This goes with the volume component. An enhanced lifter can recover and grow from more volume, so they can do more exercises for each muscle group.
And if you’re like most gym bros, you believe in “bombarding your muscle from every angle.” Well, a natural has to be more careful with his exercise selection. Since he can’t recover as well and tolerate as much volume, he can’t use a zillion exercises every workout. So he must select exercises with great care and choose movements that give the biggest bang for their buck.
He should also avoid redundant exercises (doing bench press, then dumbbell bench press or Smith machine bench press for example) and avoid garbage volume (exercises that’ll provide very little in terms of added benefits).
Whether the natural lifter can go heavy or not has more to do with the CNS, so both natural and enhanced lifters can go heavy if they have the nervous system for it.
How do you know if you have the nervous system for it?
- Do you crash 2-3 hours after a heavy workout?
- Are you moody or unmotivated the day after a heavy session?
- Is your resting heart rate significantly elevated the morning after a heavy workout?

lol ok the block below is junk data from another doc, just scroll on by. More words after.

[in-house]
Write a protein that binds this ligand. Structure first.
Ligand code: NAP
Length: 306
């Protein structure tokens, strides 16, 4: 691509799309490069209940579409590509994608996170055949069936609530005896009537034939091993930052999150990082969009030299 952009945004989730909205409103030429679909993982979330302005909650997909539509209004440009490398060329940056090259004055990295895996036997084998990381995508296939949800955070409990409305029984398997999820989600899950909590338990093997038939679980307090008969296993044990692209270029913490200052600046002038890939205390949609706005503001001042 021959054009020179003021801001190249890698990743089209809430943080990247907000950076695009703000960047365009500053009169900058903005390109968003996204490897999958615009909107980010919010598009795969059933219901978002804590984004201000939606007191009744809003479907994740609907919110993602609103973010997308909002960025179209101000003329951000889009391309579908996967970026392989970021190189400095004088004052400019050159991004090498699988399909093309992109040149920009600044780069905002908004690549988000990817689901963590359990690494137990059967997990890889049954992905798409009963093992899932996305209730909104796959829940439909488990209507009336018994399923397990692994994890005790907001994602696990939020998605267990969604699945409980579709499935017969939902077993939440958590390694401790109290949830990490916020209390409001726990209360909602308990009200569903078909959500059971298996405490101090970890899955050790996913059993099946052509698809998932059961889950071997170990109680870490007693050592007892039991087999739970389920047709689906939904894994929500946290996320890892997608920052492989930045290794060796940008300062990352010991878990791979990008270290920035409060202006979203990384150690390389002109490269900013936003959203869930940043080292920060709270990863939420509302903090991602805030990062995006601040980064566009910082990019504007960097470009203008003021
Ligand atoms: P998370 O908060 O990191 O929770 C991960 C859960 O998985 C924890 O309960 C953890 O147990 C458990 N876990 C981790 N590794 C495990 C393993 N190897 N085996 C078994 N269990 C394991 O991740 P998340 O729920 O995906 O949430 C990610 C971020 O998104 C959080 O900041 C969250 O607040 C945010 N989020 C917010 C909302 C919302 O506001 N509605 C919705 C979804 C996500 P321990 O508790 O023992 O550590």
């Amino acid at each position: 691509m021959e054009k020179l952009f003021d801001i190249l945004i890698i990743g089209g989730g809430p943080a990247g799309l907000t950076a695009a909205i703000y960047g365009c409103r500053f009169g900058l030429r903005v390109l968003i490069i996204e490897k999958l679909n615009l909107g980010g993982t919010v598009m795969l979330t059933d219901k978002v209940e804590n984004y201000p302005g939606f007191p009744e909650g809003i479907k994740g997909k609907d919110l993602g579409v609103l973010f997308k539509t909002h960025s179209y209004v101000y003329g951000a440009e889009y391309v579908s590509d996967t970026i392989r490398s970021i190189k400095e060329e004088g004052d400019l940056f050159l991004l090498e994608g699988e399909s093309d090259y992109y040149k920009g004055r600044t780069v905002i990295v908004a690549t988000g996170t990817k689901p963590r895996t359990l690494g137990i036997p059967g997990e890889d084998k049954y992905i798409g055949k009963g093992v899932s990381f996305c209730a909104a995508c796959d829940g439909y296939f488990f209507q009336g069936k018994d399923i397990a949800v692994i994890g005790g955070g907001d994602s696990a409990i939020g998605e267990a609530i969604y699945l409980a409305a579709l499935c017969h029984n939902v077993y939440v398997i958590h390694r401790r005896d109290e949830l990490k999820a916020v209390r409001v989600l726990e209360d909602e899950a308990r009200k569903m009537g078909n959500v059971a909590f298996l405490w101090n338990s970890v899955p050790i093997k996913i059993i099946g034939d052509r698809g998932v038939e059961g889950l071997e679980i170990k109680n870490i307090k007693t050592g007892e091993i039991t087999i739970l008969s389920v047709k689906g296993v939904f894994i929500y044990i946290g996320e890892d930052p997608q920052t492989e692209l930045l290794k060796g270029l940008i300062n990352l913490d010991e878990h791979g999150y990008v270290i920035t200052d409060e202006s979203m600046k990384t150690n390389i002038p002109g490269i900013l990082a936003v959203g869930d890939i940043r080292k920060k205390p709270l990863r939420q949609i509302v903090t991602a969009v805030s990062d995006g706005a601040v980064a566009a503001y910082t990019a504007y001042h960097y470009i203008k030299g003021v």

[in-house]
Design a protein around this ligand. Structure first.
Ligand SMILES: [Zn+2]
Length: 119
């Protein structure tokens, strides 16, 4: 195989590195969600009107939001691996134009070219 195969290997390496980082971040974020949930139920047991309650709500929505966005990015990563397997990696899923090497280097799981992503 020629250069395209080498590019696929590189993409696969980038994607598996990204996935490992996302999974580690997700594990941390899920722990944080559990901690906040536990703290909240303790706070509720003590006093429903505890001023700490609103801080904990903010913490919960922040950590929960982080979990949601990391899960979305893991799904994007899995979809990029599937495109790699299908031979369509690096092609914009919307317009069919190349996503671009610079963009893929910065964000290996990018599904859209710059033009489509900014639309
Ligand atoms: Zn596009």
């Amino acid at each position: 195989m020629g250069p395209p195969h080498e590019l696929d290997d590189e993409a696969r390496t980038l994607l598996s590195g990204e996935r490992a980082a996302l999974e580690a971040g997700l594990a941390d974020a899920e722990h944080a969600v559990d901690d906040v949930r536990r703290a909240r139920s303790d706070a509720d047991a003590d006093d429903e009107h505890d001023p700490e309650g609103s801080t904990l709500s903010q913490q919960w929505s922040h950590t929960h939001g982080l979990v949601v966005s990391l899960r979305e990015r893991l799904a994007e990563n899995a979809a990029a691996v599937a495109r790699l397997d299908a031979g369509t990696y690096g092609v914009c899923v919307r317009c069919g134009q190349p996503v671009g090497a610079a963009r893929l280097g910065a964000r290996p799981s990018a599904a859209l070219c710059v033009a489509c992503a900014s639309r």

- Do you have a drop in libido after a few weeks of heavy lifting?
- Do you have problems sleeping when you train heavy, even when you trained early in the day?
If that’s you, you likely don’t have the nervous system suited to tolerate a lot of heavy work.
Q: American (overhead) kettlebell swings aren’t for everyone, but is there ever a place for them? They’ve never given me shoulder problems and I enjoy them more than conventional Russian kettlebell swings.
Good question. Let’s break it down:
Q: Got any new exercises for traps and upper back?
Dude, I’m always looking for new trap exercises! To quote Paul Carter, “Traps are the new abs.”
Nowadays having big meaty traps can make you as sexy as having a chiseled six pack, which means building them is a sought-after training goal. But why is that?
My first theory is that CrossFit (and athletes in general) have a lot to do with it. A lot of serious lifters now want to look like athletes. CrossFit has made that trend even more popular and has encouraged more people to do deadlifts, cleans, and snatches (for better or worse).
With the increase in popularity of these lifts, you had a spillover effect to powerlifting and Olympic lifting which have seen their membership increase exponentially in recent years. And those lifts do normally make your traps jacked. So having big traps is a physical sign of being an “athlete.”
But maybe a better reason has been highlighted in a recent study conducted in an Australian university. It gave women shirtless pictures of male torsos and they were asked to rank them in order of attractiveness and perception of strength.
Not surprisingly, the more muscular physiques were seen as a lot more desirable than the less muscular ones. In fact, none of the skinny or fat torsos received ANY votes for being attractive. (More info here: 70 Percent of Your Sexiness Comes From This).